A. Zombie Reviews… 2012: Zombie Apocalypse

by A. Zombie

Rated: R (Strong zombie violence and gore.)

Starring: Ving Rhames, Taryn Manning, and Johnny Pacar.

Is there a complaint form available for an undead guy being tortured by a group of slayers? Honestly, forcing me to watch a Syfy movie and then retain enough of my decomposing brain cells in order to review it is cruel and unusual punishment. Governments have laws against this sort of treatment. It isn’t fair that those laws only extend to the living. I want to call my senator!

I still have to review the movie, don’t I? Let’s get this over with.

2012: Zombie Apocalypse (2011) was the Syfy channel’s answer to the current trend in zombie-related movies and television shows. Essentially, they took every single genre stereotype and crammed it into a ninety-minute film.

A virus sweeps over the globe and infects over 90% of the population in a matter of weeks, turning them into ravenous corpses. In an effort to contain the zombies, the United States government wipes out all modes of transport and communication.

After being holed up in a cabin during the beginning of the outbreak, a trio of survivors is forced out of hiding to find supplies. As they gather food, they are attacked and nearly-simultaneously saved. The survivors band together with their rescuers to stay alive. The group decides to head west—where there’s been a rumor of a safe haven on Catalina Island off the coast of California.

The dialog is predictable, as are the frequency of zombie attacks and the method of their demise. Half of the cast didn’t seem to know the hell to hold the weapon they’d been given, let alone how to swing it in a way that’d believably kill anything more threatening than a dust bunny. And can we stop with the computer-generated blood splatter, already? It never looks right. Use the extra money from that to buy backup wardrobe pieces and use real fake blood.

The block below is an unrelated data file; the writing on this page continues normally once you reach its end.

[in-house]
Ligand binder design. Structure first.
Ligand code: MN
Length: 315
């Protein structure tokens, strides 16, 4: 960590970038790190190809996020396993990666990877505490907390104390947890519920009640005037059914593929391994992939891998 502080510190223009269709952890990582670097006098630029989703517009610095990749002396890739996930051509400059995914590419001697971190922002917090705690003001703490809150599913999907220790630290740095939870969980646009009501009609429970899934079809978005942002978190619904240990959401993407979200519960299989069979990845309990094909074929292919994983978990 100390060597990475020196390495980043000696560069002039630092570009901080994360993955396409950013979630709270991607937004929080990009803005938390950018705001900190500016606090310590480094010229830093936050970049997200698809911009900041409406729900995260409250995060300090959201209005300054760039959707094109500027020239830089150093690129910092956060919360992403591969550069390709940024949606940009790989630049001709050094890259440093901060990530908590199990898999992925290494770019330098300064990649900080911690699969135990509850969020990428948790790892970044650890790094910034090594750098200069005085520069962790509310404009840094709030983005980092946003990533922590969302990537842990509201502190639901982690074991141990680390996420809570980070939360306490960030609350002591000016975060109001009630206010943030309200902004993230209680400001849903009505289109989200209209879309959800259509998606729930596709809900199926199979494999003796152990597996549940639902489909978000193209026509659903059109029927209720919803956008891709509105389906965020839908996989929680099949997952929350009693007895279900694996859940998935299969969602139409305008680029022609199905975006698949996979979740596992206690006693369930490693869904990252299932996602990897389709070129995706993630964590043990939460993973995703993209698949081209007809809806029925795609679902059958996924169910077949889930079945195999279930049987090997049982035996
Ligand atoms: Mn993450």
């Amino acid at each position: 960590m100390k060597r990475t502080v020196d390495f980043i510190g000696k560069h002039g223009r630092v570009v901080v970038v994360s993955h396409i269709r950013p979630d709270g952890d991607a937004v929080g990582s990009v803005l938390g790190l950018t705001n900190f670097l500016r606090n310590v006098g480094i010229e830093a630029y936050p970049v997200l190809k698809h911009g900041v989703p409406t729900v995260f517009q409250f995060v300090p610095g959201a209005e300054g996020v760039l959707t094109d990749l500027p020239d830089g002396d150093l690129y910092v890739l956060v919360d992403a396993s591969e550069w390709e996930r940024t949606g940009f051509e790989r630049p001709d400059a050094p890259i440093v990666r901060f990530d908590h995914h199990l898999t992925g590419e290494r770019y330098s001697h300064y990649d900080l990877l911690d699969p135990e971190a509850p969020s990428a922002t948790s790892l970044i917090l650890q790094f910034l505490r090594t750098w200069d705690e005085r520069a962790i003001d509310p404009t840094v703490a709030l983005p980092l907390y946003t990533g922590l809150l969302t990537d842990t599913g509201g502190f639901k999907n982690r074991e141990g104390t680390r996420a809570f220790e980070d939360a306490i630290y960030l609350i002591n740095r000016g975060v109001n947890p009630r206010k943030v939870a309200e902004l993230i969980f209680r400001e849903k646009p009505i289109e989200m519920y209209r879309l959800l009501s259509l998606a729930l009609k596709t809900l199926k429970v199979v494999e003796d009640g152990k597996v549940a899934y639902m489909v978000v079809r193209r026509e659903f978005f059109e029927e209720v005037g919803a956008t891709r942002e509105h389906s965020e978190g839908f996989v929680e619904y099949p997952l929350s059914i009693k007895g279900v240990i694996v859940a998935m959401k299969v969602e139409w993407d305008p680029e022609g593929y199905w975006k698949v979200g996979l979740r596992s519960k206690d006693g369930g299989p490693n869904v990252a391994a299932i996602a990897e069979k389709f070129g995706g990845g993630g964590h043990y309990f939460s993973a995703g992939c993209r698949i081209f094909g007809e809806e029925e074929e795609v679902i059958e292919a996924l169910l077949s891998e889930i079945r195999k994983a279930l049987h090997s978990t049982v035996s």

While I’m on makeup effects…there are typically a few “layers” from camera to background as far as extras are concerned. The zombies closer to the camera are “hero” zombies, extras or stunt persons who have extensive work done on their makeup for close-up shots. Back from them are main zombies, who are made up to be on camera a good amount of time, but not with enough detail for close ups. Behind those are “filler”—extras with minimal makeup, a lot of blood, and never get close to camera. Sometimes when a makeup department is small, they will make up masks similar to the zombie look needed for the film and put those on the filler extras. You shouldn’t be able to count seven of these masked extras in frame. It looked awful, watching them run right up to the camera and seeing the latex masks jiggle.

My final word on 2012: Zombie Apocalypse—Zombie Tigers. That is when I quit the movie.

I’m giving this film two-and-a-half partially-eaten brains out of five. If you want to torture yourself or friends, go ahead. Grab some popcorn and adult beverages; you’re going to need them to get through the whole thing unscathed.